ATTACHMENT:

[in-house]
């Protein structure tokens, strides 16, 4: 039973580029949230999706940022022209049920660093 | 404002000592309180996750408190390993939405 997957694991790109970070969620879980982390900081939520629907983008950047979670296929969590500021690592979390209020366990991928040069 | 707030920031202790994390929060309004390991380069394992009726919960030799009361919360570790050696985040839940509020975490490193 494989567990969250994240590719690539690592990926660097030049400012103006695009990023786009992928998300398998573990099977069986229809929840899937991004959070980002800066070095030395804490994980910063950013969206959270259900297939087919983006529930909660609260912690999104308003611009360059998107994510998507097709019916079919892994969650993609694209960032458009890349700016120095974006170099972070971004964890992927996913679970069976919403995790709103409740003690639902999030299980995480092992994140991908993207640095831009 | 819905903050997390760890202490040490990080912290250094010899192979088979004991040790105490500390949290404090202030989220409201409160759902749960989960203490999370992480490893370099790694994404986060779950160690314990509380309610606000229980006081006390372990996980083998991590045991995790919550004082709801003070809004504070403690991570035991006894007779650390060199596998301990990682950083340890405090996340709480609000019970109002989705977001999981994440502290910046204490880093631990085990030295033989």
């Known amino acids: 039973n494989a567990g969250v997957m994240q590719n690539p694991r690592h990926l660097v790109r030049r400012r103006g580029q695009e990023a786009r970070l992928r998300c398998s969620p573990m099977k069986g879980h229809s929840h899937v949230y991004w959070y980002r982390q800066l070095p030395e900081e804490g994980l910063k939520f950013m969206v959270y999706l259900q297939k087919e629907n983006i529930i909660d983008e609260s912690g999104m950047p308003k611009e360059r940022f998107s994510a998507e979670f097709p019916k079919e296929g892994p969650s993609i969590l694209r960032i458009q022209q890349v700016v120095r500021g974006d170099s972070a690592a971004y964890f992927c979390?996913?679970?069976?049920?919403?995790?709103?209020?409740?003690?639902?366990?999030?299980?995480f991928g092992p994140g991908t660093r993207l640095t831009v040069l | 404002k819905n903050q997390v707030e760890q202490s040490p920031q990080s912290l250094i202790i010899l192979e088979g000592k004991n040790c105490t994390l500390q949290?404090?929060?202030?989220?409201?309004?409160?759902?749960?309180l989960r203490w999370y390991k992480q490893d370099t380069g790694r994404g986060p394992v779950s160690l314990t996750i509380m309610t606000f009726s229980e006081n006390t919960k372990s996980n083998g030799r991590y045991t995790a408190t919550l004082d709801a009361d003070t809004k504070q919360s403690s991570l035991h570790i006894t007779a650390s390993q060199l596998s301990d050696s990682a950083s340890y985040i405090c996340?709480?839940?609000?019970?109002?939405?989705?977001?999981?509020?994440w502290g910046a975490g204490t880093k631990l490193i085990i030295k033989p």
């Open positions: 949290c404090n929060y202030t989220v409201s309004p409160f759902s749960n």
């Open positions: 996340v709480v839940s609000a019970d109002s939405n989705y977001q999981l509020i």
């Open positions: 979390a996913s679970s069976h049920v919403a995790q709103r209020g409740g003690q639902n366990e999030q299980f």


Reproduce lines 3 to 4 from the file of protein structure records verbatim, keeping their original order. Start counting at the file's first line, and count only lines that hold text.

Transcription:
């Known amino acids: 039973n494989a567990g969250v997957m994240q590719n690539p694991r690592h990926l660097v790109r030049r400012r103006g580029q695009e990023a786009r970070l992928r998300c398998s969620p573990m099977k069986g879980h229809s929840h899937v949230y991004w959070y980002r982390q800066l070095p030395e900081e804490g994980l910063k939520f950013m969206v959270y999706l259900q297939k087919e629907n983006i529930i909660d983008e609260s912690g999104m950047p308003k611009e360059r940022f998107s994510a998507e979670f097709p019916k079919e296929g892994p969650s993609i969590l694209r960032i458009q022209q890349v700016v120095r500021g974006d170099s972070a690592a971004y964890f992927c979390?996913?679970?069976?049920?919403?995790?709103?209020?409740?003690?639902?366990?999030?299980?995480f991928g092992p994140g991908t660093r993207l640095t831009v040069l | 404002k819905n903050q997390v707030e760890q202490s040490p920031q990080s912290l250094i202790i010899l192979e088979g000592k004991n040790c105490t994390l500390q949290?404090?929060?202030?989220?409201?309004?409160?759902?749960?309180l989960r203490w999370y390991k992480q490893d370099t380069g790694r994404g986060p394992v779950s160690l314990t996750i509380m309610t606000f009726s229980e006081n006390t919960k372990s996980n083998g030799r991590y045991t995790a408190t919550l004082d709801a009361d003070t809004k504070q919360s403690s991570l035991h570790i006894t007779a650390s390993q060199l596998s301990d050696s990682a950083s340890y985040i405090c996340?709480?839940?609000?019970?109002?939405?989705?977001?999981?509020?994440w502290g910046a975490g204490t880093k631990l490193i085990i030295k033989p």
């Open positions: 949290c404090n929060y202030t989220v409201s309004p409160f759902s749960n």